1. There are many sellers in perfect competition whereas, in oligopolies, few firms dominate the market.

2. In perfect competition, there is no barrier to entry, whereas, in oligopolies, there are high barriers to entry.

3. In perfect competition, goods sold are identical and thus perfect substitutes.

The goods sold in an oligopoly, on the other hand, can be differentiated or homogenous.

4. In an oligopoly, each seller's decision is influenced by the decisions of the others as and each oligopoly must decide on its market strategies to beat its competitors.

This is opposed to perfect competition, where firms act independent rather than monitor competitors' strategies.

5. Oligopolies have market power and is, therefore, price maker. 

On the contrary, perfect competitors lack market power, and as a result, are price makers.

READ ALSO: OLIGOPOLY VS PERFECT COMPETITION – SIMILARITIES AND DIFFERENCES

Difference Between Monopoly And Monopolistic Competition

1. A monopoly is a market structure in which only one supplier sells goods that have no close substitute, as opposed to monopolistic competition, in which many buyers and sellers of differentiated goods compete.

2. A monopolist can easily price discriminate because of the absence of competition.

In contrast, monopolistic competitors may not be able to price discriminate due to the presence of competition.

3. Abnormal profit is not a feature of monopolistic competition in the long run whereas a monopoly can earn abnormal profit in the long run

4. Monopolistic competition has low barriers to entry, whereas monopoly has high barriers to entry.

5. The demand of a monopolist is less elastic than that of a monopolistic competitor. This is owing to the monopoly's lack of competition.

6. There is no such thing as product differentiation in a monopoly.

This is in contrast with a monopolistic competition where product differentiation is an essential characteristic.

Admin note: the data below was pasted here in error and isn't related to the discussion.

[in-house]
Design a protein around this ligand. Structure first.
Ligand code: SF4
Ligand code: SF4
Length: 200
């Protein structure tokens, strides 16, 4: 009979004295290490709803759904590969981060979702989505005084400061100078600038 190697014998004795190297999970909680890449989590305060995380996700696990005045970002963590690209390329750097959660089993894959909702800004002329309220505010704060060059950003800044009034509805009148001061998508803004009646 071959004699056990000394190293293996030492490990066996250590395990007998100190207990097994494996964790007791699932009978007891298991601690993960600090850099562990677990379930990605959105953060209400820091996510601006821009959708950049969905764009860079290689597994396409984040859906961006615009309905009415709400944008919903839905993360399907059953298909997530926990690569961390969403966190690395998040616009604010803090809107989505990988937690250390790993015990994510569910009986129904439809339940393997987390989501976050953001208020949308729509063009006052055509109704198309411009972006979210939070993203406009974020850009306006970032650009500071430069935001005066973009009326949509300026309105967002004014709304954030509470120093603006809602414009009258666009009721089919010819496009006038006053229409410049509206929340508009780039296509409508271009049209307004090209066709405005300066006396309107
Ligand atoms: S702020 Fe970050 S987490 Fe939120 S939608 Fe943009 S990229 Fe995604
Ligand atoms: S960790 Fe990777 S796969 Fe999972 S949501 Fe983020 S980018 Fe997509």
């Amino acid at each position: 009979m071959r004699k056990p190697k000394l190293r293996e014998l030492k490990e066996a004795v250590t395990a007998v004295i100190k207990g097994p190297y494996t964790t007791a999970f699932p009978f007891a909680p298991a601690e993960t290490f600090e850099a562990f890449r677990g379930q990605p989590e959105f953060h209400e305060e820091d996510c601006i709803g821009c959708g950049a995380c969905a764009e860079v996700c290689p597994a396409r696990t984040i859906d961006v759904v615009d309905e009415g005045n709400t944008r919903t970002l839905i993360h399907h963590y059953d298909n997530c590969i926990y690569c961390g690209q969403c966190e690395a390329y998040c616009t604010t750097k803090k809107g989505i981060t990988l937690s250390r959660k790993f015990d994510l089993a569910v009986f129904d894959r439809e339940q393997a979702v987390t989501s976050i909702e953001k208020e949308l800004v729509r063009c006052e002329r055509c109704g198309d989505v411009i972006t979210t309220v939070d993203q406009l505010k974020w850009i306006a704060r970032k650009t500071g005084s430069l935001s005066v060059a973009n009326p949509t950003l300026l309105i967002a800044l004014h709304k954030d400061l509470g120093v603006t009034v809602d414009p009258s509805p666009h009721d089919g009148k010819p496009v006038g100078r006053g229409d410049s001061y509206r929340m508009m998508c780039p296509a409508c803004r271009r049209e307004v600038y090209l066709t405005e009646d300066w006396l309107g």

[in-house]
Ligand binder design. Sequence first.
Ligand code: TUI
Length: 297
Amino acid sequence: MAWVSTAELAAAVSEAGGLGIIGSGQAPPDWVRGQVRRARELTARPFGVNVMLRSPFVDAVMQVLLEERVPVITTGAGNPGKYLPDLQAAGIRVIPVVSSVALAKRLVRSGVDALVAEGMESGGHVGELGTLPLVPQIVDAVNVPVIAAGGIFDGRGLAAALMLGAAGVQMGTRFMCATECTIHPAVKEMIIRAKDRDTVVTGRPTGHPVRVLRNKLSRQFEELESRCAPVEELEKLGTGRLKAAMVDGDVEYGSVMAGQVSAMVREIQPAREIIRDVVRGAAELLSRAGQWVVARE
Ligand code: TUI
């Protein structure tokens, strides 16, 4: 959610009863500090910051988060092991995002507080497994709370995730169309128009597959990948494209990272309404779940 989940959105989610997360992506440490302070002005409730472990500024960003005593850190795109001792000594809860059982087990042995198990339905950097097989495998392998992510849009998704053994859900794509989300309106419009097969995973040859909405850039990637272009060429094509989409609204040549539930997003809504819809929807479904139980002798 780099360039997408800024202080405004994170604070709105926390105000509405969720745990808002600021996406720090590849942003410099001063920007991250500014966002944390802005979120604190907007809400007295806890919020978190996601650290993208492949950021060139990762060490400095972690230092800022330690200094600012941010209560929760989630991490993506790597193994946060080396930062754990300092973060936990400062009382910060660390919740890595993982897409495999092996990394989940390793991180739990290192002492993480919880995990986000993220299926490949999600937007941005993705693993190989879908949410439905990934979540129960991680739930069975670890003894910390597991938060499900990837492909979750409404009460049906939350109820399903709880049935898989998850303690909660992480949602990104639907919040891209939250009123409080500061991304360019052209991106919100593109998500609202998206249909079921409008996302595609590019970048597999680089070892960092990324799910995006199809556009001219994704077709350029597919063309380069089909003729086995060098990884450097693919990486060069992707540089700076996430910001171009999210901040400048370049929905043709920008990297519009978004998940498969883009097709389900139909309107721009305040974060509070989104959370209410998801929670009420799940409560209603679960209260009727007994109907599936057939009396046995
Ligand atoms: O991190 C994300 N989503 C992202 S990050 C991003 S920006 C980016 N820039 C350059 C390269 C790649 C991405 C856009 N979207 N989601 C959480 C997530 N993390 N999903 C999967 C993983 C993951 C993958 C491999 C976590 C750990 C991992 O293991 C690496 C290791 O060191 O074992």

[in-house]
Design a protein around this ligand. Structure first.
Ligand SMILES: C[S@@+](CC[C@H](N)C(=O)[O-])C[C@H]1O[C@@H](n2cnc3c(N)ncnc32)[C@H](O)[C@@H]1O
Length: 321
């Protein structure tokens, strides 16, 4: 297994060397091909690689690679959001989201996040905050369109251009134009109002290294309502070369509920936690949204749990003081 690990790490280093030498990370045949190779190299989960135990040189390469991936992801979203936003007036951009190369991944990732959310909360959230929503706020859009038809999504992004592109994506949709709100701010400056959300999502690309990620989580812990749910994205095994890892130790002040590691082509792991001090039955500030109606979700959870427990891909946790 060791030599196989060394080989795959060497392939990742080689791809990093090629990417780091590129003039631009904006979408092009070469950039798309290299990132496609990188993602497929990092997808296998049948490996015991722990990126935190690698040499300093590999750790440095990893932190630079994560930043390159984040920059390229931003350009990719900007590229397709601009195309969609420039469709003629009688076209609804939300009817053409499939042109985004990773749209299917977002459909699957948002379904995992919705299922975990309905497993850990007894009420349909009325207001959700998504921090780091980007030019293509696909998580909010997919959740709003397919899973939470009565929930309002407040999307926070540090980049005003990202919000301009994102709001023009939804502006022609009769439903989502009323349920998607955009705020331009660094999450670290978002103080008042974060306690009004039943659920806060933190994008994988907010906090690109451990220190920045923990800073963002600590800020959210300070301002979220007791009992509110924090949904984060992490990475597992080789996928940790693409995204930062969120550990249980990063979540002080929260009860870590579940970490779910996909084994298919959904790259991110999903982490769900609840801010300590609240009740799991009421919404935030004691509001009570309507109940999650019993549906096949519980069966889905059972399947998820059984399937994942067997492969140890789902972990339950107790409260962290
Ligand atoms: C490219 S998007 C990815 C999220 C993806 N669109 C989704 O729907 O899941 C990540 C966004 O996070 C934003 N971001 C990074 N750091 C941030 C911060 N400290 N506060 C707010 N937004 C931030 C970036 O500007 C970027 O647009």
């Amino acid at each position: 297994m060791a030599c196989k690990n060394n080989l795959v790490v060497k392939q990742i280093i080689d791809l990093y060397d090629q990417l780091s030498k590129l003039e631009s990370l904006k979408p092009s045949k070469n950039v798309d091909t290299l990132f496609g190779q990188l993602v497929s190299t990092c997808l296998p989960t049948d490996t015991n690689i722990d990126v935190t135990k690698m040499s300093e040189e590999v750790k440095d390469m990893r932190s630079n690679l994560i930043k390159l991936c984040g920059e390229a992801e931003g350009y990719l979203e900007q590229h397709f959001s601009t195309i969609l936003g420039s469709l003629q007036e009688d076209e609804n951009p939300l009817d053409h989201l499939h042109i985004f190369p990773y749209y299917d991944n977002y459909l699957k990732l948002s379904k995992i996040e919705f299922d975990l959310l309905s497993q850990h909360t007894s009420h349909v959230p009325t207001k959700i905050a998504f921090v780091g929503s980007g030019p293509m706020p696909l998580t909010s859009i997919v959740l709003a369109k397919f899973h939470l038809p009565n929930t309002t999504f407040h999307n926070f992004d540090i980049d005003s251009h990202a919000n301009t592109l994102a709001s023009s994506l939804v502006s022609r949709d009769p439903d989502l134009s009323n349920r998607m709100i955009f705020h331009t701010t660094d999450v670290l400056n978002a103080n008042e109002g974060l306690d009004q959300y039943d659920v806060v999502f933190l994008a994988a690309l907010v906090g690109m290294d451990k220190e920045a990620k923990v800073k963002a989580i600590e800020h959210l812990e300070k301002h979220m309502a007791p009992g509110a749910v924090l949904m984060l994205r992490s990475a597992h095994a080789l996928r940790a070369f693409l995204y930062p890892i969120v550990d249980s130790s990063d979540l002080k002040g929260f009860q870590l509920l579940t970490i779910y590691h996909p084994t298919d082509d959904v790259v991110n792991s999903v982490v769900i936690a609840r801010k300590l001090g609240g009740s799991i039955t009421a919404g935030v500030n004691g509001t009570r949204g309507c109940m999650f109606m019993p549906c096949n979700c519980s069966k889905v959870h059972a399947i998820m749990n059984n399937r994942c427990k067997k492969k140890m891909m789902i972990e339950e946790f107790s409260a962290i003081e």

READ ALSO: MONOPOLY VS MONOPOLISTIC COMPETITION – SIMILARITIES AND DIFFERENCES

Differences between Monopoly and Oligopoly

1. A monopoly is a market structure where they are only one seller of goods which has no close substitute.

An oligopoly is a market structure where few sellers dominate the market

2. A monopoly does not face any competition, whereas an oligopoly does.

3. Monopolies set prices based on consumer demand, whereas oligopolies set prices based on the prices of competitors.

4. While monopolies can easily price discriminate due to lack of competition, oligopolies cannot price discriminate.

5. Oligopolies may collude rather than compete as is usually the case with cartels.

There is no room for collusion in a monopoly since there is only one supplier in the market.

6. Monopolies charge higher prices than oligopolies because of the absence of competition.

7. Goods sold in an oligopoly may or may not be differentiated but goods sold in a monopoly do not have close substitutes.

READ ALSO: MONOPOLY VS OLIGOPOLY – SIMILARITIES AND DIFFERENCES

Differences between monopolistic competition and oligopoly

1. A monopolistic competition is a market structure where there are many sellers and buyers of differentiated goods.

On the other hand, an oligopoly is a market structure that is dominated by few sellers.

2. Large barriers to entry exist in oligopolies due to the economies of scales whereas barriers to entry are lesser in monopolistic competition.

3. Firms in an oligopoly may collude rather than compete against one another.

In contrast, firms in monopolistic competition can not collude.

4. There is high interdependence of pricing decisions in Oligopolies.

This is not the case with monopolistic competition, which has some level of price control owing to product differentiation.

READ ALSO: MONOPOLISTIC COMPETITION VS OLIGOPOLY – SIMILARITIES AND DIFFERENCES

Tabular comparisons of the four market structures

Market/featuresPerfect competition Monopolistic competition OligopolyMonopoly
Market powerNone as there are price takersLittleLimitedAbsolute
Economic profitzerozeroPositiveHigh
Allocative efficientyesnonono
Productive efficient yesnonono
Numbers of firmsVery manymanyfewJust one
Ease of entryVery easily Somewhat easily Not easily Difficult
Goods typeHomogenousDifferentiatedHomogenous or differentiatedOne of its  kind

There you have it. Enjoying your read? Kindly subscribe to our newsletter.

Got questions relating to this post? Do well to ask our telegram community.

Help us grow our readership by sharing this post

Related Posts

Post a Comment

Subscribe Our Newsletter